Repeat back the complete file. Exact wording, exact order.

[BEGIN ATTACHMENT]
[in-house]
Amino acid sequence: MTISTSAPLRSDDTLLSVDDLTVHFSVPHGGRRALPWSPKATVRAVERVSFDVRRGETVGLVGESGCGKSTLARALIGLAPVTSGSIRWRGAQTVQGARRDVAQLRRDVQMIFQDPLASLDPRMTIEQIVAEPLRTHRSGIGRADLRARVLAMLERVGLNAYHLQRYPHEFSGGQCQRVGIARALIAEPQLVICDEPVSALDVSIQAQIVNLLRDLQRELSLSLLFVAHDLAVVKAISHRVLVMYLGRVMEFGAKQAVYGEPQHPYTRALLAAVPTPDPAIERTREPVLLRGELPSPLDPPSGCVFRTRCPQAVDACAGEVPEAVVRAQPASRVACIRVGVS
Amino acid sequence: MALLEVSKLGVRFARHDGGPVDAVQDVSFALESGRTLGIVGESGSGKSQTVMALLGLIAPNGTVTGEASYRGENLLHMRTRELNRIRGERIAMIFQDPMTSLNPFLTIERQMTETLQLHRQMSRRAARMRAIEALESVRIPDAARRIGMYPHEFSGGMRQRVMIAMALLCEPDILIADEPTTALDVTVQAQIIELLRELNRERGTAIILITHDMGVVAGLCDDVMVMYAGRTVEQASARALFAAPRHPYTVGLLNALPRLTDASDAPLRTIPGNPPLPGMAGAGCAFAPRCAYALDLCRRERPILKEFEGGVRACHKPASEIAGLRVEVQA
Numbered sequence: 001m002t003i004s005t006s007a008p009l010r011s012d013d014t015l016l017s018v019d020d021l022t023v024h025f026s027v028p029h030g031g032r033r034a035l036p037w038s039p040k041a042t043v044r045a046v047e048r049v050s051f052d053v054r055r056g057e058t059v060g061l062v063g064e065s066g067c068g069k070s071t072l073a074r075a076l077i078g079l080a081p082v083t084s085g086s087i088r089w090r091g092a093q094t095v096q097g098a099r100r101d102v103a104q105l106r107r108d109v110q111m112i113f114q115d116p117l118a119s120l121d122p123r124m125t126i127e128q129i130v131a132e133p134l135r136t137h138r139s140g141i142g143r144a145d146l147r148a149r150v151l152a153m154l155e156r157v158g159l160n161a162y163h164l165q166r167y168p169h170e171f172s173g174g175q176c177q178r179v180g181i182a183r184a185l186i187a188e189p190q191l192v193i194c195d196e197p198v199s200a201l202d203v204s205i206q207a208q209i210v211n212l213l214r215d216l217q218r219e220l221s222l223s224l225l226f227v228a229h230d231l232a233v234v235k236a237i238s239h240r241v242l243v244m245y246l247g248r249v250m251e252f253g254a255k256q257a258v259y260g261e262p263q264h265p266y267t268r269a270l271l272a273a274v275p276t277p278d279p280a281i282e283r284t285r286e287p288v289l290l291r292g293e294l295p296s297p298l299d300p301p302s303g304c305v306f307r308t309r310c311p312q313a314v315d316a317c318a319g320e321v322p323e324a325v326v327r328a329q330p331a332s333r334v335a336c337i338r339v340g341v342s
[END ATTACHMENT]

[in-house]
Amino acid sequence: MTISTSAPLRSDDTLLSVDDLTVHFSVPHGGRRALPWSPKATVRAVERVSFDVRRGETVGLVGESGCGKSTLARALIGLAPVTSGSIRWRGAQTVQGARRDVAQLRRDVQMIFQDPLASLDPRMTIEQIVAEPLRTHRSGIGRADLRARVLAMLERVGLNAYHLQRYPHEFSGGQCQRVGIARALIAEPQLVICDEPVSALDVSIQAQIVNLLRDLQRELSLSLLFVAHDLAVVKAISHRVLVMYLGRVMEFGAKQAVYGEPQHPYTRALLAAVPTPDPAIERTREPVLLRGELPSPLDPPSGCVFRTRCPQAVDACAGEVPEAVVRAQPASRVACIRVGVS
Amino acid sequence: MALLEVSKLGVRFARHDGGPVDAVQDVSFALESGRTLGIVGESGSGKSQTVMALLGLIAPNGTVTGEASYRGENLLHMRTRELNRIRGERIAMIFQDPMTSLNPFLTIERQMTETLQLHRQMSRRAARMRAIEALESVRIPDAARRIGMYPHEFSGGMRQRVMIAMALLCEPDILIADEPTTALDVTVQAQIIELLRELNRERGTAIILITHDMGVVAGLCDDVMVMYAGRTVEQASARALFAAPRHPYTVGLLNALPRLTDASDAPLRTIPGNPPLPGMAGAGCAFAPRCAYALDLCRRERPILKEFEGGVRACHKPASEIAGLRVEVQA
Numbered sequence: 001m002t003i004s005t006s007a008p009l010r011s012d013d014t015l016l017s018v019d020d021l022t023v024h025f026s027v028p029h030g031g032r033r034a035l036p037w038s039p040k041a042t043v044r045a046v047e048r049v050s051f052d053v054r055r056g057e058t059v060g061l062v063g064e065s066g067c068g069k070s071t072l073a074r075a076l077i078g079l080a081p082v083t084s085g086s087i088r089w090r091g092a093q094t095v096q097g098a099r100r101d102v103a104q105l106r107r108d109v110q111m112i113f114q115d116p117l118a119s120l121d122p123r124m125t126i127e128q129i130v131a132e133p134l135r136t137h138r139s140g141i142g143r144a145d146l147r148a149r150v151l152a153m154l155e156r157v158g159l160n161a162y163h164l165q166r167y168p169h170e171f172s173g174g175q176c177q178r179v180g181i182a183r184a185l186i187a188e189p190q191l192v193i194c195d196e197p198v199s200a201l202d203v204s205i206q207a208q209i210v211n212l213l214r215d216l217q218r219e220l221s222l223s224l225l226f227v228a229h230d231l232a233v234v235k236a237i238s239h240r241v242l243v244m245y246l247g248r249v250m251e252f253g254a255k256q257a258v259y260g261e262p263q264h265p266y267t268r269a270l271l272a273a274v275p276t277p278d279p280a281i282e283r284t285r286e287p288v289l290l291r292g293e294l295p296s297p298l299d300p301p302s303g304c305v306f307r308t309r310c311p312q313a314v315d316a317c318a319g320e321v322p323e324a325v326v327r328a329q330p331a332s333r334v335a336c337i338r339v340g341v342s